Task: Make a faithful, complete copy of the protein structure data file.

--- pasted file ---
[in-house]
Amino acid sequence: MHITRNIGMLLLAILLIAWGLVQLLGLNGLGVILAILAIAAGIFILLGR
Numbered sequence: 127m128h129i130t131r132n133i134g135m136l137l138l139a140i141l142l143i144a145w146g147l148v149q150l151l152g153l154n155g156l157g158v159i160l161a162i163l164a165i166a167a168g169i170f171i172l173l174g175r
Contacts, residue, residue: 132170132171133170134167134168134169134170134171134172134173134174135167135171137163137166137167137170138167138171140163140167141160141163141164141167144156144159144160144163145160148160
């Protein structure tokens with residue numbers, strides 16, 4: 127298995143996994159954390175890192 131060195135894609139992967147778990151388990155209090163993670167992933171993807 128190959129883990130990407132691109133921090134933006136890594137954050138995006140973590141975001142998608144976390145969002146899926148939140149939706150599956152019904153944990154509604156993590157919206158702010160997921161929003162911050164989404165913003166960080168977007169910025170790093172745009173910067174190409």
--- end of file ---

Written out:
[in-house]
Amino acid sequence: MHITRNIGMLLLAILLIAWGLVQLLGLNGLGVILAILAIAAGIFILLGR
Numbered sequence: 127m128h129i130t131r132n133i134g135m136l137l138l139a140i141l142l143i144a145w146g147l148v149q150l151l152g153l154n155g156l157g158v159i160l161a162i163l164a165i166a167a168g169i170f171i172l173l174g175r
Contacts, residue, residue: 132170132171133170134167134168134169134170134171134172134173134174135167135171137163137166137167137170138167138171140163140167141160141163141164141167144156144159144160144163145160148160
């Protein structure tokens with residue numbers, strides 16, 4: 127298995143996994159954390175890192 131060195135894609139992967147778990151388990155209090163993670167992933171993807 128190959129883990130990407132691109133921090134933006136890594137954050138995006140973590141975001142998608144976390145969002146899926148939140149939706150599956152019904153944990154509604156993590157919206158702010160997921161929003162911050164989404165913003166960080168977007169910025170790093172745009173910067174190409």